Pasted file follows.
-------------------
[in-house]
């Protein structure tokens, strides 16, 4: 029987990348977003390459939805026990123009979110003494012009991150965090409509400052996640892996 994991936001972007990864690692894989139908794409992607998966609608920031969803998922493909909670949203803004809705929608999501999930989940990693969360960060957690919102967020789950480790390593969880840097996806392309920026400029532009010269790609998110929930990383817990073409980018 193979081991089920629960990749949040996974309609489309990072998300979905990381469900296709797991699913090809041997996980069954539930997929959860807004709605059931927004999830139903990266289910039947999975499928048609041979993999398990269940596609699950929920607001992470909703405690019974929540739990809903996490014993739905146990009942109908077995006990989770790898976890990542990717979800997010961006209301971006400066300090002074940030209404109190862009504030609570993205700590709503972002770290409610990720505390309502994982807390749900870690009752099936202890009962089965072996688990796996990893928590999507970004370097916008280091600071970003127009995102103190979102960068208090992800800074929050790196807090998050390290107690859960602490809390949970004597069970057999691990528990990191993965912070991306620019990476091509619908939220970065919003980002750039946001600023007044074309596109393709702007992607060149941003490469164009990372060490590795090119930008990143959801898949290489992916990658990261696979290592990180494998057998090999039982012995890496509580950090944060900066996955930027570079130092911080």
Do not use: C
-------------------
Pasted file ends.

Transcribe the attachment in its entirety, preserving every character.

[in-house]
């Protein structure tokens, strides 16, 4: 029987990348977003390459939805026990123009979110003494012009991150965090409509400052996640892996 994991936001972007990864690692894989139908794409992607998966609608920031969803998922493909909670949203803004809705929608999501999930989940990693969360960060957690919102967020789950480790390593969880840097996806392309920026400029532009010269790609998110929930990383817990073409980018 193979081991089920629960990749949040996974309609489309990072998300979905990381469900296709797991699913090809041997996980069954539930997929959860807004709605059931927004999830139903990266289910039947999975499928048609041979993999398990269940596609699950929920607001992470909703405690019974929540739990809903996490014993739905146990009942109908077995006990989770790898976890990542990717979800997010961006209301971006400066300090002074940030209404109190862009504030609570993205700590709503972002770290409610990720505390309502994982807390749900870690009752099936202890009962089965072996688990796996990893928590999507970004370097916008280091600071970003127009995102103190979102960068208090992800800074929050790196807090998050390290107690859960602490809390949970004597069970057999691990528990990191993965912070991306620019990476091509619908939220970065919003980002750039946001600023007044074309596109393709702007992607060149941003490469164009990372060490590795090119930008990143959801898949290489992916990658990261696979290592990180494998057998090999039982012995890496509580950090944060900066996955930027570079130092911080």
Do not use: C